Princeton University economist Uwe Reinhardt, PhD, says that American businesses have the habit of reinventing old institutions and giving them new names. “The famed Massachusetts Connector was once known as Health Insurance Purchasing Cooperatives (HPICs), then Health Alliances by the Clintons, then something else again by Republicans, and so on. Always the same,” says Reinhardt.
Concerning the accountable care organization, the subject of our cover story, Reinhardt says that it is a good idea, though not really a new one. “It may be claimed that these differ from Kaiser because they can go across institutions. But that is not new either. In the 1990s we called such organizations virtual HMOs.”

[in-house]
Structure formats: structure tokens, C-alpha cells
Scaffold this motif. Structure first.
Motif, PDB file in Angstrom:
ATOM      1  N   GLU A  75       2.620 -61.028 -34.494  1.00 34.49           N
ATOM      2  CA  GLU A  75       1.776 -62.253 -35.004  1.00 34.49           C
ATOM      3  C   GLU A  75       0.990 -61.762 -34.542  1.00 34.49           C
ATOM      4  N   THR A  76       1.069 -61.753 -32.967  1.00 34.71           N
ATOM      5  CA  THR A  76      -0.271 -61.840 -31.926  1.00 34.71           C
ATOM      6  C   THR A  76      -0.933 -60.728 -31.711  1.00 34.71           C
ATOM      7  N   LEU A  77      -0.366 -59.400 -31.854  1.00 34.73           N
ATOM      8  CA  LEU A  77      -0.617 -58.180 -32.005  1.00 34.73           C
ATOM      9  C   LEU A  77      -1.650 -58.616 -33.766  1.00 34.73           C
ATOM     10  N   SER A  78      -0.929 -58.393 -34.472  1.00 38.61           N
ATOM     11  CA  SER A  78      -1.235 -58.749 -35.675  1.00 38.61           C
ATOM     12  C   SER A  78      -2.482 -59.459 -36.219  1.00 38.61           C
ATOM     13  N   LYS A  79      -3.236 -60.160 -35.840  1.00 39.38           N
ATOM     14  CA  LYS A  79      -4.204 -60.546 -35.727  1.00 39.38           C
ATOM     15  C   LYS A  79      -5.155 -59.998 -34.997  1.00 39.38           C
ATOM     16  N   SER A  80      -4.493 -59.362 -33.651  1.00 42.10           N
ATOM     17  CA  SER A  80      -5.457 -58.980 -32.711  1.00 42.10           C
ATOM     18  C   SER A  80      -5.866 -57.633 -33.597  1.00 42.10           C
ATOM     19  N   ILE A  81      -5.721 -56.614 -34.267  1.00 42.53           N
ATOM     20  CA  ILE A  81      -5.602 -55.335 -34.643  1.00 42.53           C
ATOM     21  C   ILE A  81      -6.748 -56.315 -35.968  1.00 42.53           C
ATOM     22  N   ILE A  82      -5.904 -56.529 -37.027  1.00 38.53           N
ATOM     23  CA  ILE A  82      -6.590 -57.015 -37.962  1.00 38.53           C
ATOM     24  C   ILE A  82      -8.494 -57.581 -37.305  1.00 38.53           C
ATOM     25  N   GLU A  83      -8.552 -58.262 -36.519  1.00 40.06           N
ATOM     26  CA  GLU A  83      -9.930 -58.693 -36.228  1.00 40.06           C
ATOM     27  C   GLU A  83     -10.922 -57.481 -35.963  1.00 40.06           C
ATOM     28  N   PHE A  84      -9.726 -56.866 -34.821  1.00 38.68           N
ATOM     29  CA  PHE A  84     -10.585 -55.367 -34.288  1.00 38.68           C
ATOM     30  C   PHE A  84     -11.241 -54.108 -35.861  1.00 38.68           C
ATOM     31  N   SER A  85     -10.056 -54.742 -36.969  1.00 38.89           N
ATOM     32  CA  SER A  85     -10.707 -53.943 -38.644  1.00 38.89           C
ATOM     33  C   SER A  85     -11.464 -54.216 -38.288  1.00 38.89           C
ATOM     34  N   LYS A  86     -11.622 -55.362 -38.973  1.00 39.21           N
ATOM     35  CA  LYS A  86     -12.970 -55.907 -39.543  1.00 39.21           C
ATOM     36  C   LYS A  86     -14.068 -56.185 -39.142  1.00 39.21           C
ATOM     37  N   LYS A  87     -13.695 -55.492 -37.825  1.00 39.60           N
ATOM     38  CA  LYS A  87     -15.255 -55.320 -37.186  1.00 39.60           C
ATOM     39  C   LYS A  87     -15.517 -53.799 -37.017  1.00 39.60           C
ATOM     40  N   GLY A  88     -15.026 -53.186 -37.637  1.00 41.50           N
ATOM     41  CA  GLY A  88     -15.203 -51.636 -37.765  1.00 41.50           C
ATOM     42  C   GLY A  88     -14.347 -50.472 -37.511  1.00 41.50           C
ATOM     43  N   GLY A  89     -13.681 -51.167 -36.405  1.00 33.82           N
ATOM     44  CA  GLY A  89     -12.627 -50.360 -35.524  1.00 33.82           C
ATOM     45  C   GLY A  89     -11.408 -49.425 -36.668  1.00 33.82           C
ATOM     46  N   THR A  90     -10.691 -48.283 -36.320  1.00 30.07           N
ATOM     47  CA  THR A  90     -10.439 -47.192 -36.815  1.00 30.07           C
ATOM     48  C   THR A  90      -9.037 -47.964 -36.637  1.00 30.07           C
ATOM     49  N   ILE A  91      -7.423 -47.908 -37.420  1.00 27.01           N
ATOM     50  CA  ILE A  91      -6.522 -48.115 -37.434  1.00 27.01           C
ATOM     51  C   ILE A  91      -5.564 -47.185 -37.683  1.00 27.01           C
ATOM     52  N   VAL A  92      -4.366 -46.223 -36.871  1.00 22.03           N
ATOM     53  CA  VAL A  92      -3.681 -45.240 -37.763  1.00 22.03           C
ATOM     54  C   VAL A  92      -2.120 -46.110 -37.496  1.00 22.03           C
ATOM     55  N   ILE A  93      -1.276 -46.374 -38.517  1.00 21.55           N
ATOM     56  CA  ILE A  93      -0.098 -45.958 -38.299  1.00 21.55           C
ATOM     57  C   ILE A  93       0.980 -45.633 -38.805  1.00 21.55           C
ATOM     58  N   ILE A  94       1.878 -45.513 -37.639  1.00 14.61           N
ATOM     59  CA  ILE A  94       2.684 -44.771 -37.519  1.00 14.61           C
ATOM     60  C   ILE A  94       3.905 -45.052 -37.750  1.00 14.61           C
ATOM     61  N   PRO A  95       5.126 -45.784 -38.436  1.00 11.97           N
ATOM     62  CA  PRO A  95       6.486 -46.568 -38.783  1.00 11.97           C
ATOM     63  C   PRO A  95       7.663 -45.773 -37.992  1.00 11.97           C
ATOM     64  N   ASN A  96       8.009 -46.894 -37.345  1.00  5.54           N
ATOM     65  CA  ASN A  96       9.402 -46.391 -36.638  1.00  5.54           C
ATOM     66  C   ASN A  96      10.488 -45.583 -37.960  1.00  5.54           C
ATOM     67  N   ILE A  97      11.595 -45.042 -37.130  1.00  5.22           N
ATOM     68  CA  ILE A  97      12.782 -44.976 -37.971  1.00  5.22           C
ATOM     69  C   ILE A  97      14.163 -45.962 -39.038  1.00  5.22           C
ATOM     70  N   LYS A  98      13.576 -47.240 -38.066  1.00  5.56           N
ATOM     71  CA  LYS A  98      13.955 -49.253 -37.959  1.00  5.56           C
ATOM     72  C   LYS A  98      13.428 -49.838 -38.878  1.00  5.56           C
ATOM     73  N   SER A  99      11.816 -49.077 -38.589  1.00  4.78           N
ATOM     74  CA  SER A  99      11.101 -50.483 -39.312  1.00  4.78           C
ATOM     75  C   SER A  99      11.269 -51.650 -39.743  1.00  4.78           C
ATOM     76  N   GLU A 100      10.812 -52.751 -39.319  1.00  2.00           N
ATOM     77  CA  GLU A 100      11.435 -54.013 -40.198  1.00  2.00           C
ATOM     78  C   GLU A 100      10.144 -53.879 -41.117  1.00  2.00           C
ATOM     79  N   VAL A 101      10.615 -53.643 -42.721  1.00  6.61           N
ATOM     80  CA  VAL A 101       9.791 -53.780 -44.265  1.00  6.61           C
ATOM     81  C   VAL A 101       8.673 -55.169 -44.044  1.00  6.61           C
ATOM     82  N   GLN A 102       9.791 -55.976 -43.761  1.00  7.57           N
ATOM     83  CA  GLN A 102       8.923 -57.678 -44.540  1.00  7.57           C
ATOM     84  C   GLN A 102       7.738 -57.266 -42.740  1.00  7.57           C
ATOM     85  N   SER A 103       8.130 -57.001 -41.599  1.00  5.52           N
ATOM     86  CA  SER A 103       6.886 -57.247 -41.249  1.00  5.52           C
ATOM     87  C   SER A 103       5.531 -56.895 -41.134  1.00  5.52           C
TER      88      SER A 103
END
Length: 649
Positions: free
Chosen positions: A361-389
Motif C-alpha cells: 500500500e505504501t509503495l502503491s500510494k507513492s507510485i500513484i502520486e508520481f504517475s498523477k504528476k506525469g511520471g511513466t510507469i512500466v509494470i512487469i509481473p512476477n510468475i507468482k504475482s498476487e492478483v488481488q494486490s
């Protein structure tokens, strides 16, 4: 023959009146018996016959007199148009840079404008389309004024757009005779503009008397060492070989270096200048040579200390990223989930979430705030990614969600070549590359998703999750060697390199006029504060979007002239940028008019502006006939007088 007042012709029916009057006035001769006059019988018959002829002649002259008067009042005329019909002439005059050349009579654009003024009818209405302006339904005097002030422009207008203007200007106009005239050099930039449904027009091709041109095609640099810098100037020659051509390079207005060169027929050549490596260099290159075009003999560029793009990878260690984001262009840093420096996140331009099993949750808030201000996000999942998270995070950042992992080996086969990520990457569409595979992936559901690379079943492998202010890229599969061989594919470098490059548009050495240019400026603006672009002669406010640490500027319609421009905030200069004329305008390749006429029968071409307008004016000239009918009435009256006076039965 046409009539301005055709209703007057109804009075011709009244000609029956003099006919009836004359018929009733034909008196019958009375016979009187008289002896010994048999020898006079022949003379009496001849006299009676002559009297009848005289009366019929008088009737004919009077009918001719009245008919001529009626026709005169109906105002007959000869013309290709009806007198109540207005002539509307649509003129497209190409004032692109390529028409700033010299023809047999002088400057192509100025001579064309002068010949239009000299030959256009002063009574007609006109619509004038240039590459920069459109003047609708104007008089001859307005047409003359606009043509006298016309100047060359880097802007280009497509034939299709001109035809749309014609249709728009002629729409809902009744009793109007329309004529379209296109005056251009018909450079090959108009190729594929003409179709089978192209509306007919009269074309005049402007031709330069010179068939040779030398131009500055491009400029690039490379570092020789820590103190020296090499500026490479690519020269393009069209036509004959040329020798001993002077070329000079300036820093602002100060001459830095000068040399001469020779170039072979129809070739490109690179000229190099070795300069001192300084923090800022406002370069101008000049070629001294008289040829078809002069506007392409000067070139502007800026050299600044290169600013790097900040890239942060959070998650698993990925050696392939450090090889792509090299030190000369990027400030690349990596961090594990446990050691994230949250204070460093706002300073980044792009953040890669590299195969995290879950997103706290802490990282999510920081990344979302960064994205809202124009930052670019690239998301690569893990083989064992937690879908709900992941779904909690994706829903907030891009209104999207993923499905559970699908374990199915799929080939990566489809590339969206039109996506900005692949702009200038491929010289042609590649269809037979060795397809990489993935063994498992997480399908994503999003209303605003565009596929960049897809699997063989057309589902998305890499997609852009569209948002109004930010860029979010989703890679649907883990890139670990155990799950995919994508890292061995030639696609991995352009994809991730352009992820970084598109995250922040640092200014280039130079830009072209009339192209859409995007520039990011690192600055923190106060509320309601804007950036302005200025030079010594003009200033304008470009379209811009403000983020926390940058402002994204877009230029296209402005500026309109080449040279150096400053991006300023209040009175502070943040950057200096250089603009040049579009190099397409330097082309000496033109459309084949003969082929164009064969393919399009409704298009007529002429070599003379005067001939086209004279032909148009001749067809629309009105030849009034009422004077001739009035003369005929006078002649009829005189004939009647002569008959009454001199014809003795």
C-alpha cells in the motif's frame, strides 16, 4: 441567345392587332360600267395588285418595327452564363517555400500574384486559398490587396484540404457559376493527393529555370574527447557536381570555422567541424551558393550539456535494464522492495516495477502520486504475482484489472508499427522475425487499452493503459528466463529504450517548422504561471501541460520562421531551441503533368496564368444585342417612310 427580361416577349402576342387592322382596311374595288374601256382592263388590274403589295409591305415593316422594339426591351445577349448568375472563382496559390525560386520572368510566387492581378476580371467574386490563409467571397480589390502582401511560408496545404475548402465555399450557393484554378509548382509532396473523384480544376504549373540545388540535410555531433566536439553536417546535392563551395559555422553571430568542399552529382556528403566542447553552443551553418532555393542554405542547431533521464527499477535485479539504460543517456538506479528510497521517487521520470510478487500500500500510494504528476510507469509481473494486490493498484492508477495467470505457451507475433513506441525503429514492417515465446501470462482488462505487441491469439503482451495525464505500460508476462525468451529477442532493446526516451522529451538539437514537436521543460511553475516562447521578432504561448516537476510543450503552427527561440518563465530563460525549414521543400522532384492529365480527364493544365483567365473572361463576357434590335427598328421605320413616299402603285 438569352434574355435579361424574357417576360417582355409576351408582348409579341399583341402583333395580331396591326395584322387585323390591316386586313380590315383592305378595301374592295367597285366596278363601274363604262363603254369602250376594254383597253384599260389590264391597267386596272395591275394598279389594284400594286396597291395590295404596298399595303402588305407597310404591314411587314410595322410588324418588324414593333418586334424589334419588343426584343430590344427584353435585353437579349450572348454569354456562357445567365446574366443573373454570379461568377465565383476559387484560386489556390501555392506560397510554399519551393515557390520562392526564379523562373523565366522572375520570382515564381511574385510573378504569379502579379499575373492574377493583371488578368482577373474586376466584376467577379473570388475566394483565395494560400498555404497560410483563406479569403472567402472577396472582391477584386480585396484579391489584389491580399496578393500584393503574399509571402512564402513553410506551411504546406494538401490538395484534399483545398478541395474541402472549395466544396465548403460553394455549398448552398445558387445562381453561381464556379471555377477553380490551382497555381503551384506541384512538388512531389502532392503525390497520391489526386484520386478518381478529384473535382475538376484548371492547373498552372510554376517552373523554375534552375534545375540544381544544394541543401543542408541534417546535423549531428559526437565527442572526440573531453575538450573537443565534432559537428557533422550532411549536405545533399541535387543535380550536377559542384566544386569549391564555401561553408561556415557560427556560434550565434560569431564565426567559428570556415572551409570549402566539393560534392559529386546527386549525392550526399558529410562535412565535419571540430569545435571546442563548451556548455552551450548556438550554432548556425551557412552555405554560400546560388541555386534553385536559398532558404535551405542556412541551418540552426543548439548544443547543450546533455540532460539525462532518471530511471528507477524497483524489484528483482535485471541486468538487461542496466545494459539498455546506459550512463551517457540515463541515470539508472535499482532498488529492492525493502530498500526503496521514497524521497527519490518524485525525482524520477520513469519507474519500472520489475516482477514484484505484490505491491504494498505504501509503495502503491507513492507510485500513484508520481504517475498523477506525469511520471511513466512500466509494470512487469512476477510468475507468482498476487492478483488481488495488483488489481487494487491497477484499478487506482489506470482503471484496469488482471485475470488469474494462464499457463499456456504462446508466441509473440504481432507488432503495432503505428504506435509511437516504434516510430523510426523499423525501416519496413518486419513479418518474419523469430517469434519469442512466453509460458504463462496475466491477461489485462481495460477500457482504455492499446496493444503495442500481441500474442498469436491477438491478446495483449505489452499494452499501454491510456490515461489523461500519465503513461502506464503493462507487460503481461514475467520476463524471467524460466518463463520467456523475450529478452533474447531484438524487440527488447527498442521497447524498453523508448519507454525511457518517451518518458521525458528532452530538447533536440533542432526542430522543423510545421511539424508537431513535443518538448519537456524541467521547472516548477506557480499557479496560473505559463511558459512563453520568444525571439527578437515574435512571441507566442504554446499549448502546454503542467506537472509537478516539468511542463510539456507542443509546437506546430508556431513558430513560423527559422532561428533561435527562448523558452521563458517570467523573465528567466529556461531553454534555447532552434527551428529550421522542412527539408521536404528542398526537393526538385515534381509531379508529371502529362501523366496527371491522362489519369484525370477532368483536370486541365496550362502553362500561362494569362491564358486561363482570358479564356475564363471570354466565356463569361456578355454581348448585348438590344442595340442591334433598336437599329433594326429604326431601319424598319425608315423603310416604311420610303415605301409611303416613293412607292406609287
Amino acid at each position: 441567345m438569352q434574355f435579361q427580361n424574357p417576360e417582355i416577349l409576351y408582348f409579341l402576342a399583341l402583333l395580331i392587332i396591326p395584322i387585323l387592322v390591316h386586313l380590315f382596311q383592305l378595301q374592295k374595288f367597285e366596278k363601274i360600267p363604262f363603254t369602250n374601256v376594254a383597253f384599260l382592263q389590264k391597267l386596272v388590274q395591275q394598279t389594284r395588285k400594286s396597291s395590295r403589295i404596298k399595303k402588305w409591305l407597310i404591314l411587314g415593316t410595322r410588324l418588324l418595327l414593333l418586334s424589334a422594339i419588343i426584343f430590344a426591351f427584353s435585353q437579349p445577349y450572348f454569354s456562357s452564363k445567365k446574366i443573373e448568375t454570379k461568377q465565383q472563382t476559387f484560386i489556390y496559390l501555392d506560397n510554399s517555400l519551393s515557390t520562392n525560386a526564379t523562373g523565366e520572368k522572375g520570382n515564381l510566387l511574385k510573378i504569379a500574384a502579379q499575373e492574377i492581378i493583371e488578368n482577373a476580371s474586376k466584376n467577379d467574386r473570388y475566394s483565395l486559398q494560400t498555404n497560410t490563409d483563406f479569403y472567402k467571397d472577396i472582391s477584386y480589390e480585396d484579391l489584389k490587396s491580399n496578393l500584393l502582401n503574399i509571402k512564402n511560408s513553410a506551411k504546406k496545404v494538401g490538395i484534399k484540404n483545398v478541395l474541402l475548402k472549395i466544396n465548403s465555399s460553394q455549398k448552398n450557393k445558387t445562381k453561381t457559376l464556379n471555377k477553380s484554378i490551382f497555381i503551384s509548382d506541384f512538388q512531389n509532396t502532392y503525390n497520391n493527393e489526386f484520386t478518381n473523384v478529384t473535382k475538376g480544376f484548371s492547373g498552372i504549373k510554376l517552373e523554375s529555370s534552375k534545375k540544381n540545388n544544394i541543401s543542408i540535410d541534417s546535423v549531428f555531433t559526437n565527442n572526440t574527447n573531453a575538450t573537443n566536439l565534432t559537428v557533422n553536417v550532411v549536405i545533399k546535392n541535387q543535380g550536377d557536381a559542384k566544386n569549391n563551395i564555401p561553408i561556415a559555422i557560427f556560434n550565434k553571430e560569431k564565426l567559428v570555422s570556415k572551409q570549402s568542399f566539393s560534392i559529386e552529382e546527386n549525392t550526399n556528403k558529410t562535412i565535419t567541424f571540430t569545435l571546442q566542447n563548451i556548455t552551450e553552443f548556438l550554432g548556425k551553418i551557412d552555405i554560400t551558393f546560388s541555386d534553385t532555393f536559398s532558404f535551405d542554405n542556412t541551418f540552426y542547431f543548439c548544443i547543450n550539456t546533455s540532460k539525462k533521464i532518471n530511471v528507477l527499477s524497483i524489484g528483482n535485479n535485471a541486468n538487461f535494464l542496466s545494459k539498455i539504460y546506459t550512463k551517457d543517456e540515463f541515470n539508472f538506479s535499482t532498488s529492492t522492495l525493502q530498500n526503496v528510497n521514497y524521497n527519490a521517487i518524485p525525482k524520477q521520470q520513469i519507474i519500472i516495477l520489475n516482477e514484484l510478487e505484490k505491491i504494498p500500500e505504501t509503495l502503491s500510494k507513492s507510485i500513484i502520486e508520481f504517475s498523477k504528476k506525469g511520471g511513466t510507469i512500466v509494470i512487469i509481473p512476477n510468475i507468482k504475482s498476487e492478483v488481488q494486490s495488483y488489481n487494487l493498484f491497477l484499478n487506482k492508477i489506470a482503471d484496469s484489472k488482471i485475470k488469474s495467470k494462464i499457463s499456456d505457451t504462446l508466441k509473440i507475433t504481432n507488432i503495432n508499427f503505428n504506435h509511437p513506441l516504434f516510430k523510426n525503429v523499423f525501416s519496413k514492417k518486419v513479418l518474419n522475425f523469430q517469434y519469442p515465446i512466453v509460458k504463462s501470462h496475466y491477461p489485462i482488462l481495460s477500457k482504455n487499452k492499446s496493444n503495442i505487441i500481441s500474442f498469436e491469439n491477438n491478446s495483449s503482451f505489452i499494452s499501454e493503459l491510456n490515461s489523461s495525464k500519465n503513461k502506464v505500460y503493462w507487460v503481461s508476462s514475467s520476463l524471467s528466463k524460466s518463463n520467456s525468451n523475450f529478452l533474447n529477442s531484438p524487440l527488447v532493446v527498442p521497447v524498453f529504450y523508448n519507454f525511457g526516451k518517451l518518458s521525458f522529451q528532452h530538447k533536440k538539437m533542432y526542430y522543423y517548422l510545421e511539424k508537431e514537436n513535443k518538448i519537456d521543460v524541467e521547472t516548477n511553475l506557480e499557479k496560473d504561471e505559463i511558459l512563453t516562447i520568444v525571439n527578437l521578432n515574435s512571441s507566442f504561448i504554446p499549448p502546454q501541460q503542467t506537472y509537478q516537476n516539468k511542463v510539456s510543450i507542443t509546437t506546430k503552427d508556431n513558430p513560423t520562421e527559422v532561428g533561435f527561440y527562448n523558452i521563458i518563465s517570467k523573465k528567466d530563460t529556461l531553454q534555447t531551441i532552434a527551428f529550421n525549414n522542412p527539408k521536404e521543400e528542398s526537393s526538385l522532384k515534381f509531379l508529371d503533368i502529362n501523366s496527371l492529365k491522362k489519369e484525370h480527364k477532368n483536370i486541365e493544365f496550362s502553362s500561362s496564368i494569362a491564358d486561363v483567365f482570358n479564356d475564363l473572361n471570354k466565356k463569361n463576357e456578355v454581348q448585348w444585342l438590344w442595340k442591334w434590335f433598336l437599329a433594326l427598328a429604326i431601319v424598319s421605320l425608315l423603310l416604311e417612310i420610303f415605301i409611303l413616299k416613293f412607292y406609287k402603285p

The problem, as Reinhardt sees it, is that the public has little staying power for any of these efforts. “The minute it involves reducing someone’s revenues below expectations, providers will trigger a backlash and tell their patients quality will suffer and then you get a populist backlash,” says Reinhardt. “The argument is that this is not about cost containment. But it is! The Clintons, too, argued that the managed care-managed competition framework they advocated would do both — constrain the growth in health spending and enhance quality — by forcing HMOs and the providers behind them to compete on both cost and premiums. I still have the slides from those years.”
Health care has always been a political issue. It is even more so in this season when the word reform trips so readily off everybody’s lips. Of course, now the talk is about health insurance reform. Concessions are going to have to be made by some or all of health care’s players at some point. Demographics demand as much. Though, as Reinhardt says, that might not settle things.